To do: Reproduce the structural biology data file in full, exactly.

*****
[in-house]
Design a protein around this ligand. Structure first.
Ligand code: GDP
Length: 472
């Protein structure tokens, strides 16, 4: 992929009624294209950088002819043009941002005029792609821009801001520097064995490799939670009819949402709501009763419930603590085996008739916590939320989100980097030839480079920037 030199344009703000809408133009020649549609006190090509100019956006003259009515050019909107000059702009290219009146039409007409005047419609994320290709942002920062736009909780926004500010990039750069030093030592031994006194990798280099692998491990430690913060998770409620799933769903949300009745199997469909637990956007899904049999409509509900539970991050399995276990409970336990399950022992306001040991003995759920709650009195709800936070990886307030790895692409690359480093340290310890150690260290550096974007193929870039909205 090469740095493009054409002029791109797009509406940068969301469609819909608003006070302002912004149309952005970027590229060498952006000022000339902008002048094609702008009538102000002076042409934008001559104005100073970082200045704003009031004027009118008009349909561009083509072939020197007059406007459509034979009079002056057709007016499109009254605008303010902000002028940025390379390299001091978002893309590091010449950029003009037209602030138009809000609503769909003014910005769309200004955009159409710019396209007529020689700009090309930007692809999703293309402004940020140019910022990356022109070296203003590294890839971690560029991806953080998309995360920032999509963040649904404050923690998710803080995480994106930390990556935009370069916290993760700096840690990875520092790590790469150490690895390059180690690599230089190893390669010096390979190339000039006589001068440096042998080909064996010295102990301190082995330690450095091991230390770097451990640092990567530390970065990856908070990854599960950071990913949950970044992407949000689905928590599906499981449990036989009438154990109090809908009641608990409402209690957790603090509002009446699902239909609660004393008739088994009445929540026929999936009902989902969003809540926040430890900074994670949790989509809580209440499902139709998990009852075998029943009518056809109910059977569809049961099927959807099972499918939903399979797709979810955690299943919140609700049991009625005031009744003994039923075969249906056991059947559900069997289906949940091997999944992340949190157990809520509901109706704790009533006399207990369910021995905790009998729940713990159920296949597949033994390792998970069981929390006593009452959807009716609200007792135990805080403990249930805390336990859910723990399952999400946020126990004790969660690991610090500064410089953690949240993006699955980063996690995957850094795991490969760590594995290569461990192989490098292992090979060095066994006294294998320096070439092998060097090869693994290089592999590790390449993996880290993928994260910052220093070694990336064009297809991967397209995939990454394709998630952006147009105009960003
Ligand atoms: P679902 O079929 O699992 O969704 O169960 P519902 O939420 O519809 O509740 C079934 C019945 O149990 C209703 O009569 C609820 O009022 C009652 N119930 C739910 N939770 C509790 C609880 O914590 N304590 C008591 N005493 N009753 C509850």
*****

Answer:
[in-house]
Design a protein around this ligand. Structure first.
Ligand code: GDP
Length: 472
């Protein structure tokens, strides 16, 4: 992929009624294209950088002819043009941002005029792609821009801001520097064995490799939670009819949402709501009763419930603590085996008739916590939320989100980097030839480079920037 030199344009703000809408133009020649549609006190090509100019956006003259009515050019909107000059702009290219009146039409007409005047419609994320290709942002920062736009909780926004500010990039750069030093030592031994006194990798280099692998491990430690913060998770409620799933769903949300009745199997469909637990956007899904049999409509509900539970991050399995276990409970336990399950022992306001040991003995759920709650009195709800936070990886307030790895692409690359480093340290310890150690260290550096974007193929870039909205 090469740095493009054409002029791109797009509406940068969301469609819909608003006070302002912004149309952005970027590229060498952006000022000339902008002048094609702008009538102000002076042409934008001559104005100073970082200045704003009031004027009118008009349909561009083509072939020197007059406007459509034979009079002056057709007016499109009254605008303010902000002028940025390379390299001091978002893309590091010449950029003009037209602030138009809000609503769909003014910005769309200004955009159409710019396209007529020689700009090309930007692809999703293309402004940020140019910022990356022109070296203003590294890839971690560029991806953080998309995360920032999509963040649904404050923690998710803080995480994106930390990556935009370069916290993760700096840690990875520092790590790469150490690895390059180690690599230089190893390669010096390979190339000039006589001068440096042998080909064996010295102990301190082995330690450095091991230390770097451990640092990567530390970065990856908070990854599960950071990913949950970044992407949000689905928590599906499981449990036989009438154990109090809908009641608990409402209690957790603090509002009446699902239909609660004393008739088994009445929540026929999936009902989902969003809540926040430890900074994670949790989509809580209440499902139709998990009852075998029943009518056809109910059977569809049961099927959807099972499918939903399979797709979810955690299943919140609700049991009625005031009744003994039923075969249906056991059947559900069997289906949940091997999944992340949190157990809520509901109706704790009533006399207990369910021995905790009998729940713990159920296949597949033994390792998970069981929390006593009452959807009716609200007792135990805080403990249930805390336990859910723990399952999400946020126990004790969660690991610090500064410089953690949240993006699955980063996690995957850094795991490969760590594995290569461990192989490098292992090979060095066994006294294998320096070439092998060097090869693994290089592999590790390449993996880290993928994260910052220093070694990336064009297809991967397209995939990454394709998630952006147009105009960003
Ligand atoms: P679902 O079929 O699992 O969704 O169960 P519902 O939420 O519809 O509740 C079934 C019945 O149990 C209703 O009569 C609820 O009022 C009652 N119930 C739910 N939770 C509790 C609880 O914590 N304590 C008591 N005493 N009753 C509850």